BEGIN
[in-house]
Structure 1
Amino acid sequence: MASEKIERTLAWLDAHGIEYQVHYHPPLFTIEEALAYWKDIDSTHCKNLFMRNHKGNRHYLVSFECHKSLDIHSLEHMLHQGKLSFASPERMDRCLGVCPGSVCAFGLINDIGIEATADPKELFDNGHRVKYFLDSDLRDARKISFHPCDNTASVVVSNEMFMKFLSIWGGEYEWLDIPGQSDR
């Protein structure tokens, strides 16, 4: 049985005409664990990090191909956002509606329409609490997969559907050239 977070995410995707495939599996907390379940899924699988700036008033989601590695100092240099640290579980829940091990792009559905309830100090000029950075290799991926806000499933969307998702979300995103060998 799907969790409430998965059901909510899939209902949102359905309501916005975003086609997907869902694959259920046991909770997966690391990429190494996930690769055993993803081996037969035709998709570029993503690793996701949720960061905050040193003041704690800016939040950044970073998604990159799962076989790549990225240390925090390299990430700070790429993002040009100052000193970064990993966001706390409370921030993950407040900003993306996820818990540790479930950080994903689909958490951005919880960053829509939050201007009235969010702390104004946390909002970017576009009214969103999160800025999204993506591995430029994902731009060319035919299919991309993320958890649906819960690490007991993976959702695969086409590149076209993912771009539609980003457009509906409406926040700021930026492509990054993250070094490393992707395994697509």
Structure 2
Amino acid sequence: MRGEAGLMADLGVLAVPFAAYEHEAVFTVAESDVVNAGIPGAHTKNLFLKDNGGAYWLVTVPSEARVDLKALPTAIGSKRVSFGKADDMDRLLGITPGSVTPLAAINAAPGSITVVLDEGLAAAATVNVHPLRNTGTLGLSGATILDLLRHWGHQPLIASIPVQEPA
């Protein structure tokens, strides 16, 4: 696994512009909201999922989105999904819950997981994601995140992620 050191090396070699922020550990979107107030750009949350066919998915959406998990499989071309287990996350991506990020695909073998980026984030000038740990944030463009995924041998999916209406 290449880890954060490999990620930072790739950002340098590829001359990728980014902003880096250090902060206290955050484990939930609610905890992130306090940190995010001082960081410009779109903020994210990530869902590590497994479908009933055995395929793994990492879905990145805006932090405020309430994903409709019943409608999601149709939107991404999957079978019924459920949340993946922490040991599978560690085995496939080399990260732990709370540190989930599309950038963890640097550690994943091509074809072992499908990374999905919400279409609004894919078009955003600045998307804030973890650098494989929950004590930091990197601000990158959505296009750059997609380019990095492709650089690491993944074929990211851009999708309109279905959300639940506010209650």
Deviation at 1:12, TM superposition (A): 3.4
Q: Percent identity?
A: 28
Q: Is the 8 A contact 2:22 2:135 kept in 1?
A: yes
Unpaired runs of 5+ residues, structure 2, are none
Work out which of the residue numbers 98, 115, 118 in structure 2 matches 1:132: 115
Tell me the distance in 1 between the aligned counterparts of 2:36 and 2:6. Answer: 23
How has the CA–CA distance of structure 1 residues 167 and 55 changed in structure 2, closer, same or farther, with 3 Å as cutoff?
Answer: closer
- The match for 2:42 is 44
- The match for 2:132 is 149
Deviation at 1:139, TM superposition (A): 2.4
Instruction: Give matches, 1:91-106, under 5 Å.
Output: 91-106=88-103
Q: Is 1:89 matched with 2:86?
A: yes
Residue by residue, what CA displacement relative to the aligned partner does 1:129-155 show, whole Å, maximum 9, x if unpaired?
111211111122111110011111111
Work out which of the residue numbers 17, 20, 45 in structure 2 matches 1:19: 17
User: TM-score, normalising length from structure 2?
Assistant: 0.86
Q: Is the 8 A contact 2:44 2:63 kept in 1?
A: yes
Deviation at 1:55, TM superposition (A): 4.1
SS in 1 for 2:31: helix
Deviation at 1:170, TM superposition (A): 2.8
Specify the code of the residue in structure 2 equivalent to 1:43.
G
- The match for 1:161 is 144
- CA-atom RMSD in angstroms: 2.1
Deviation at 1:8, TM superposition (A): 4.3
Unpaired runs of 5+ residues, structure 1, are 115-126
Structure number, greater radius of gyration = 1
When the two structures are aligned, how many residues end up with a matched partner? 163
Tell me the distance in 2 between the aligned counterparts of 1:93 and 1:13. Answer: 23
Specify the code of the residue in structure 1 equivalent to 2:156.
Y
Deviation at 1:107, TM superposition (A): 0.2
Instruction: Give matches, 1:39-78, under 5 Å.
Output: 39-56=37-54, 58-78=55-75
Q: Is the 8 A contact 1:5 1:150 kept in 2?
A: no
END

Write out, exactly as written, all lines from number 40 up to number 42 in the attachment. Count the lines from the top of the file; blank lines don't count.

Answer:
Unpaired runs of 5+ residues, structure 1, are 115-126
Structure number, greater radius of gyration = 1
When the two structures are aligned, how many residues end up with a matched partner? 163